Quotations from Chairman Barry

I still have my old copy of Quotations From Chairman LBJ. The book was inspired by Quotations From Chairman Mao Tse-Tung (“the little red book”). Compiled by Jack Shepherd and Christopher Wren and published by Simon and Schuster in the annus horribilis of 1968, the book consisted of supposedly laughable quotes attributable to President Johnson. It was popular enough to go through multiple printings. My copy derives from the third printing. Despite its success as a publishing venture I can’t find much in the book that in the fullness of time has proved laughable or derisory except the attitude it displays toward Johnson as the left turned on him.

The form has been dedicated to documenting the supposed stupidity of Republican presidents such as Ronald Reagan (Reagan Quotes, compiled by Mark Tracy from two books by liberals about Reagan) and George W. Bush (George W. Bushisms, compiled by Jacob Weisberg).

We’re well past the time when the form should be resurrected for President Obama. David Boze took a pass at such a project with The Little Red Book of Obamunism (2012) but earlier posts in this series demonstrate the need for something comprehensive and updated.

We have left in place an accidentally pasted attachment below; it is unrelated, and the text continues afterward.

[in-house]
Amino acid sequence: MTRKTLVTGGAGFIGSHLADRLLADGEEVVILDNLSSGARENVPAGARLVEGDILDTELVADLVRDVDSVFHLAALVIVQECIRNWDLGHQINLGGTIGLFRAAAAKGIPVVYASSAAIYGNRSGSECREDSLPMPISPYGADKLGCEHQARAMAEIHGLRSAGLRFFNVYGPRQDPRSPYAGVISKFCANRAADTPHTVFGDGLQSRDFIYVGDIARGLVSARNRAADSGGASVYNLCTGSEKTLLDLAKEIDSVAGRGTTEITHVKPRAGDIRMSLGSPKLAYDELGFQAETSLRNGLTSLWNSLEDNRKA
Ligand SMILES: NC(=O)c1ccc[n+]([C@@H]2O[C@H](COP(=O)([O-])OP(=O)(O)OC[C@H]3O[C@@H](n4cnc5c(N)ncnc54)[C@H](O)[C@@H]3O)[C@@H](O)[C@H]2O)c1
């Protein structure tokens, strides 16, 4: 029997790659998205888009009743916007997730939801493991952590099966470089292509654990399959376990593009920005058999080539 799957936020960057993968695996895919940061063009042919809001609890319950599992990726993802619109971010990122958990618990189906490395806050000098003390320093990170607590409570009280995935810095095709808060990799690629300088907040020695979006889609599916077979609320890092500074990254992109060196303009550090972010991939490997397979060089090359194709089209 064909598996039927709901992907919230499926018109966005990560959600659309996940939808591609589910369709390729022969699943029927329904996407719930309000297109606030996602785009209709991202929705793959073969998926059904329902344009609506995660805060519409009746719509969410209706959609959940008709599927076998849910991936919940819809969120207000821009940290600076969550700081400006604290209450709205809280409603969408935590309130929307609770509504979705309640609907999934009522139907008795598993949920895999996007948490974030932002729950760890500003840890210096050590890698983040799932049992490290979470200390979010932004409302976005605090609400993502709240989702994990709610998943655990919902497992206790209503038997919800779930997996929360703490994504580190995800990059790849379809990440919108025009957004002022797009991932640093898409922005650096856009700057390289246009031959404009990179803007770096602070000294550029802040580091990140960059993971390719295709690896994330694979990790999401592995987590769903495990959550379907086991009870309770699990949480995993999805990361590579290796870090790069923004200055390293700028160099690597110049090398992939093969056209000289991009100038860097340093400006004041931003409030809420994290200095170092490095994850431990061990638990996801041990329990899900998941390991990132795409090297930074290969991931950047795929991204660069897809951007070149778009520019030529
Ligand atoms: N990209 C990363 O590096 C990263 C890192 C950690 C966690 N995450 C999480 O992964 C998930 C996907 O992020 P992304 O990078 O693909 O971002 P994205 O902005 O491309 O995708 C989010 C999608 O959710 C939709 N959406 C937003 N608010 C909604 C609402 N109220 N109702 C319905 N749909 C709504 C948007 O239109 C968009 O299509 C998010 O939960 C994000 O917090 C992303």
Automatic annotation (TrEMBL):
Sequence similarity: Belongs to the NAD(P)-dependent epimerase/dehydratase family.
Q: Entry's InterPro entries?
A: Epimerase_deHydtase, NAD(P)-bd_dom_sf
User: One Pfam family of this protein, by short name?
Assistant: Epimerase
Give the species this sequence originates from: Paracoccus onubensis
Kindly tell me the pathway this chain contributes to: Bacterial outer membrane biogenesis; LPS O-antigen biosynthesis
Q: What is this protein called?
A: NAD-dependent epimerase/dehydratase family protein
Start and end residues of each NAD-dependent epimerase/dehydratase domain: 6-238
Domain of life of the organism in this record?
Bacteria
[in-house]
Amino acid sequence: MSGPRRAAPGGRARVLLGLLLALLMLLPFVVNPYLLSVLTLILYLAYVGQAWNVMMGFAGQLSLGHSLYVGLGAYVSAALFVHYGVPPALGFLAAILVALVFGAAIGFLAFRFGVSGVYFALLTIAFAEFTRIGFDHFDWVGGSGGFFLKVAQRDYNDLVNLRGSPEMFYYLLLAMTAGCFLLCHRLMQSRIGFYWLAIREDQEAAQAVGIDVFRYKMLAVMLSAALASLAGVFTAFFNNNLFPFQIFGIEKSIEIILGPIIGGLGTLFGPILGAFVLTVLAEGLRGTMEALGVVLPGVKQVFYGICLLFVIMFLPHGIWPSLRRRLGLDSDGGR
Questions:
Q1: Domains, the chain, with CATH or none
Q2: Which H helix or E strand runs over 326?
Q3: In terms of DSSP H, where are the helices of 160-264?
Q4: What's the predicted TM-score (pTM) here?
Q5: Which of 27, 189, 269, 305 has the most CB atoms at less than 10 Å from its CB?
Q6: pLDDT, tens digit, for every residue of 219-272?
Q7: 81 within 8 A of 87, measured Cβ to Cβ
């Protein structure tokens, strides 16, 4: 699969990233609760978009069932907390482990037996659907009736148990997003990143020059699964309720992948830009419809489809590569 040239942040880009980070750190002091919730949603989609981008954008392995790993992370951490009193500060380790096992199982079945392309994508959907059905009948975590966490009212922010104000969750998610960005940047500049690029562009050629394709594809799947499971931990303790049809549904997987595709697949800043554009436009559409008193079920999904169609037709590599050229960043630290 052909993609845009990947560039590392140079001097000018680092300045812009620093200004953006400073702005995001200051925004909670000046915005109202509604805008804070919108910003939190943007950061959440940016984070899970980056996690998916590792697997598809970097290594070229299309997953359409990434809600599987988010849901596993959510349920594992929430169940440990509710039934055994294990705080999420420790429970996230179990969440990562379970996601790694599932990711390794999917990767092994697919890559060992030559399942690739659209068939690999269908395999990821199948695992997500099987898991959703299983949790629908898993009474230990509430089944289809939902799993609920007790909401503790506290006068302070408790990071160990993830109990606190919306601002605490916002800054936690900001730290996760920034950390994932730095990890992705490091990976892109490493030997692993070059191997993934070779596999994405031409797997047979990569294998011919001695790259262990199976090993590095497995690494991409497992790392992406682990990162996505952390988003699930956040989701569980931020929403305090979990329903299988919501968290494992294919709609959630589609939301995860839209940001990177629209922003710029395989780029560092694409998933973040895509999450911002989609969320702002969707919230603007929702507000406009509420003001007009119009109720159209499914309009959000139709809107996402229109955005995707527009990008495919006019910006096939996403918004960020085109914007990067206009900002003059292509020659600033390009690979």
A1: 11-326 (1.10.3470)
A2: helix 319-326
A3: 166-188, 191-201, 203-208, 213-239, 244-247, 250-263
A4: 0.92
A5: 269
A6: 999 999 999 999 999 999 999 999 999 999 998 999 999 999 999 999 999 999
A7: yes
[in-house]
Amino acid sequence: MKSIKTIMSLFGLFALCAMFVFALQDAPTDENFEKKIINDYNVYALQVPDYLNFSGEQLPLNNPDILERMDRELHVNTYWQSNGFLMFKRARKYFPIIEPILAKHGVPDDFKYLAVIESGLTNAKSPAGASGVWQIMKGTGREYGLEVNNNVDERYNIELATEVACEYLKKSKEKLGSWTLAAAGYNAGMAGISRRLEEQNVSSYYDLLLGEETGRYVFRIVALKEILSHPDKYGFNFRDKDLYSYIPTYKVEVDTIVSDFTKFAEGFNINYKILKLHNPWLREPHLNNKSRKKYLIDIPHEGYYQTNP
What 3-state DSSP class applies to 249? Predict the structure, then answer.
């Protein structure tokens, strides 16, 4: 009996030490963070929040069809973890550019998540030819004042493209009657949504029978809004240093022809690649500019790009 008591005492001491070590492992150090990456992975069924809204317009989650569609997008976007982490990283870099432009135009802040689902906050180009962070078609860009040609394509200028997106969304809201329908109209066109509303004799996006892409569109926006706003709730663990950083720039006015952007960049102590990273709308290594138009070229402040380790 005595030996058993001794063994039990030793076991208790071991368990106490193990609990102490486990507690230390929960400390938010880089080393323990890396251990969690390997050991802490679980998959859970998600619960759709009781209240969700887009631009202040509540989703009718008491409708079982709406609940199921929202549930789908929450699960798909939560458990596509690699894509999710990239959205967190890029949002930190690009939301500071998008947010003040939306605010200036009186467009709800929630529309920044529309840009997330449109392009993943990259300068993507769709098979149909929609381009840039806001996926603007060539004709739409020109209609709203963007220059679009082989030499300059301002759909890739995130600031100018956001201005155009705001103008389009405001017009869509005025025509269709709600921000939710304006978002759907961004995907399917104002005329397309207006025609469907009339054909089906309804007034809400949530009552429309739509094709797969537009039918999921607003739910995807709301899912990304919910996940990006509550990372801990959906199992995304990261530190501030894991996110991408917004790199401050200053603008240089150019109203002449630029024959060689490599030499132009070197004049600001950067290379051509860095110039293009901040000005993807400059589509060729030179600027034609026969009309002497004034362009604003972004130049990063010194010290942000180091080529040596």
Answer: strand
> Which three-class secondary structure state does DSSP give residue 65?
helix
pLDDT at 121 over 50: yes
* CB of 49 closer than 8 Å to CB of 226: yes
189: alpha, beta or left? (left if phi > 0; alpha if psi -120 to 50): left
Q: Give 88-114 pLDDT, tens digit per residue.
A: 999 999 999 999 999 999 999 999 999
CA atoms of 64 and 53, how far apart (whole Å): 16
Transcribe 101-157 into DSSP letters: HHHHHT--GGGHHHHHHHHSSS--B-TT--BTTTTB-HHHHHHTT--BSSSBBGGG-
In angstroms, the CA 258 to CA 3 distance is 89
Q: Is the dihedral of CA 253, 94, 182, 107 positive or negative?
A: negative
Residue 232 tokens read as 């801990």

The Atlantic’s Jeffrey Goldberg could easily compile such a red book for Obama, but Goldberg’s would follow the original Chinese model. Goldberg worships Obama as a fount of wisdom in the Dear Leader style. The man is smitten. He is intoxicated by Obama. He needs an intervention.

Goldberg’s latest contribution of Quotations comes in his 20,000-word April Atlantic cover story, “The Obama doctrine.” Goldberg’s piece makes for incredibly painful reading. It is insufferable. I would have thought it would be painful even for an Obama supporter, but Goldberg shows this not to be the case.

In Goldberg’s cover story, Obama presents with the straw men and false alternatives to which we have grown accustomed. His judgment is more or less unerring, though occasionally others have let him down (as in Libya). The finger of blame is always pointed out and down. While others are to blame for his rare failures, he is responsible (by his lights) for his mostly unblemished record of success.

Here I want to extract several of Chairman Barry’s Quotations from the contextual goo that Goldberg supplies. I urge readers who can tolerate the full catastrophe (including Obama’s characteristically high-handed critique of Reagan administration foreign policy) to access Goldberg’s article and review it in its entirety.

Thus spake Chairman Barry: